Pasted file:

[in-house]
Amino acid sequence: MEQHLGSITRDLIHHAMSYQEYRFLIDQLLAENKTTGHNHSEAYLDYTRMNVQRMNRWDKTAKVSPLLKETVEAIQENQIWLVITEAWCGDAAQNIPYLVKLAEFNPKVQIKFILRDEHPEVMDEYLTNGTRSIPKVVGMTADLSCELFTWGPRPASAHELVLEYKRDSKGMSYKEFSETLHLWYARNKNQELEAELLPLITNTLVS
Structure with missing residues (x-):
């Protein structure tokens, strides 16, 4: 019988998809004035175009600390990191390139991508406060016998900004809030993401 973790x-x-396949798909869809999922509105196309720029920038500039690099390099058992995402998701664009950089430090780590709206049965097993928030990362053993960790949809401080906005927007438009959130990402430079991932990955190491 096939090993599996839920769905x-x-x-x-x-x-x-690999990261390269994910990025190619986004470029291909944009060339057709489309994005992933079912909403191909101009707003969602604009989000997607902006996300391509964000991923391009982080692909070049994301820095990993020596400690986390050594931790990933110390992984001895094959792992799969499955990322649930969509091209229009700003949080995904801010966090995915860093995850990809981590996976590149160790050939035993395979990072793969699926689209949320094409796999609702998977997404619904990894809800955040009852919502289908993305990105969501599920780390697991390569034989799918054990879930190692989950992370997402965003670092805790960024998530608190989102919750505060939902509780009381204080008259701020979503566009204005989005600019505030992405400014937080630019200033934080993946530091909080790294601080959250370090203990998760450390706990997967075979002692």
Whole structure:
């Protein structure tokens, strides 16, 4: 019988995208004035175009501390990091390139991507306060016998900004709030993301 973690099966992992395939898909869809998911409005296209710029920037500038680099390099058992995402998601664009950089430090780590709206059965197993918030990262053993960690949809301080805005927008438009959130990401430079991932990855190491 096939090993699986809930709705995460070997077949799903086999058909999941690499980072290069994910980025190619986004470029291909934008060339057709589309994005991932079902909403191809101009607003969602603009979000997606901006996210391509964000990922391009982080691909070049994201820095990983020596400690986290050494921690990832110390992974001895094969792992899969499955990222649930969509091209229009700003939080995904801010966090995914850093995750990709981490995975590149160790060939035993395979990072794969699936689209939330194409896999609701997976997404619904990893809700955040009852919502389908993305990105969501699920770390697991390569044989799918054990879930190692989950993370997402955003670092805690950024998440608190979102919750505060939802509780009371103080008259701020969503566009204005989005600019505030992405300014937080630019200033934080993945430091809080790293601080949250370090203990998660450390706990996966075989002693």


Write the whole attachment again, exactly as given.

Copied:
[in-house]
Amino acid sequence: MEQHLGSITRDLIHHAMSYQEYRFLIDQLLAENKTTGHNHSEAYLDYTRMNVQRMNRWDKTAKVSPLLKETVEAIQENQIWLVITEAWCGDAAQNIPYLVKLAEFNPKVQIKFILRDEHPEVMDEYLTNGTRSIPKVVGMTADLSCELFTWGPRPASAHELVLEYKRDSKGMSYKEFSETLHLWYARNKNQELEAELLPLITNTLVS
Structure with missing residues (x-):
């Protein structure tokens, strides 16, 4: 019988998809004035175009600390990191390139991508406060016998900004809030993401 973790x-x-396949798909869809999922509105196309720029920038500039690099390099058992995402998701664009950089430090780590709206049965097993928030990362053993960790949809401080906005927007438009959130990402430079991932990955190491 096939090993599996839920769905x-x-x-x-x-x-x-690999990261390269994910990025190619986004470029291909944009060339057709489309994005992933079912909403191909101009707003969602604009989000997607902006996300391509964000991923391009982080692909070049994301820095990993020596400690986390050594931790990933110390992984001895094959792992799969499955990322649930969509091209229009700003949080995904801010966090995915860093995850990809981590996976590149160790050939035993395979990072793969699926689209949320094409796999609702998977997404619904990894809800955040009852919502289908993305990105969501599920780390697991390569034989799918054990879930190692989950992370997402965003670092805790960024998530608190989102919750505060939902509780009381204080008259701020979503566009204005989005600019505030992405400014937080630019200033934080993946530091909080790294601080959250370090203990998760450390706990997967075979002692």
Whole structure:
């Protein structure tokens, strides 16, 4: 019988995208004035175009501390990091390139991507306060016998900004709030993301 973690099966992992395939898909869809998911409005296209710029920037500038680099390099058992995402998601664009950089430090780590709206059965197993918030990262053993960690949809301080805005927008438009959130990401430079991932990855190491 096939090993699986809930709705995460070997077949799903086999058909999941690499980072290069994910980025190619986004470029291909934008060339057709589309994005991932079902909403191809101009607003969602603009979000997606901006996210391509964000990922391009982080691909070049994201820095990983020596400690986290050494921690990832110390992974001895094969792992899969499955990222649930969509091209229009700003939080995904801010966090995914850093995750990709981490995975590149160790060939035993395979990072794969699936689209939330194409896999609701997976997404619904990893809700955040009852919502389908993305990105969501699920770390697991390569044989799918054990879930190692989950993370997402955003670092805690950024998440608190979102919750505060939802509780009371103080008259701020969503566009204005989005600019505030992405300014937080630019200033934080993945430091809080790293601080949250370090203990998660450390706990996966075989002693």